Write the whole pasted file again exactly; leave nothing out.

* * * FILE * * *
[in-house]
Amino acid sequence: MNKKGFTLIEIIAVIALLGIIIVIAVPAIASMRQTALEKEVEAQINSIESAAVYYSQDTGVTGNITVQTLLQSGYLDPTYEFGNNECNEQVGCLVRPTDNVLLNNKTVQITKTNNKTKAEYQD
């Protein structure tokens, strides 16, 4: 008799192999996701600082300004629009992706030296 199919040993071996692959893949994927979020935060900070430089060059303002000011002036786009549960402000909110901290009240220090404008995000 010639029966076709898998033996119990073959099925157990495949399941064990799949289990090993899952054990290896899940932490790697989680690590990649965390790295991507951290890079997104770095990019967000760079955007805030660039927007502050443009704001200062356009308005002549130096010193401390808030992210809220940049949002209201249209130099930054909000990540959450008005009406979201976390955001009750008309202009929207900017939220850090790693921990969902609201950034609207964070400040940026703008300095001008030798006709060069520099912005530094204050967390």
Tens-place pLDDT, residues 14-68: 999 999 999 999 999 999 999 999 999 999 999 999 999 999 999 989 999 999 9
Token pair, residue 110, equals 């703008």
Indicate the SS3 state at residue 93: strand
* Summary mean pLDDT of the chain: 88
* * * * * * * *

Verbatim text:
[in-house]
Amino acid sequence: MNKKGFTLIEIIAVIALLGIIIVIAVPAIASMRQTALEKEVEAQINSIESAAVYYSQDTGVTGNITVQTLLQSGYLDPTYEFGNNECNEQVGCLVRPTDNVLLNNKTVQITKTNNKTKAEYQD
């Protein structure tokens, strides 16, 4: 008799192999996701600082300004629009992706030296 199919040993071996692959893949994927979020935060900070430089060059303002000011002036786009549960402000909110901290009240220090404008995000 010639029966076709898998033996119990073959099925157990495949399941064990799949289990090993899952054990290896899940932490790697989680690590990649965390790295991507951290890079997104770095990019967000760079955007805030660039927007502050443009704001200062356009308005002549130096010193401390808030992210809220940049949002209201249209130099930054909000990540959450008005009406979201976390955001009750008309202009929207900017939220850090790693921990969902609201950034609207964070400040940026703008300095001008030798006709060069520099912005530094204050967390």
Tens-place pLDDT, residues 14-68: 999 999 999 999 999 999 999 999 999 999 999 999 999 999 999 989 999 999 9
Token pair, residue 110, equals 């703008």
Indicate the SS3 state at residue 93: strand
* Summary mean pLDDT of the chain: 88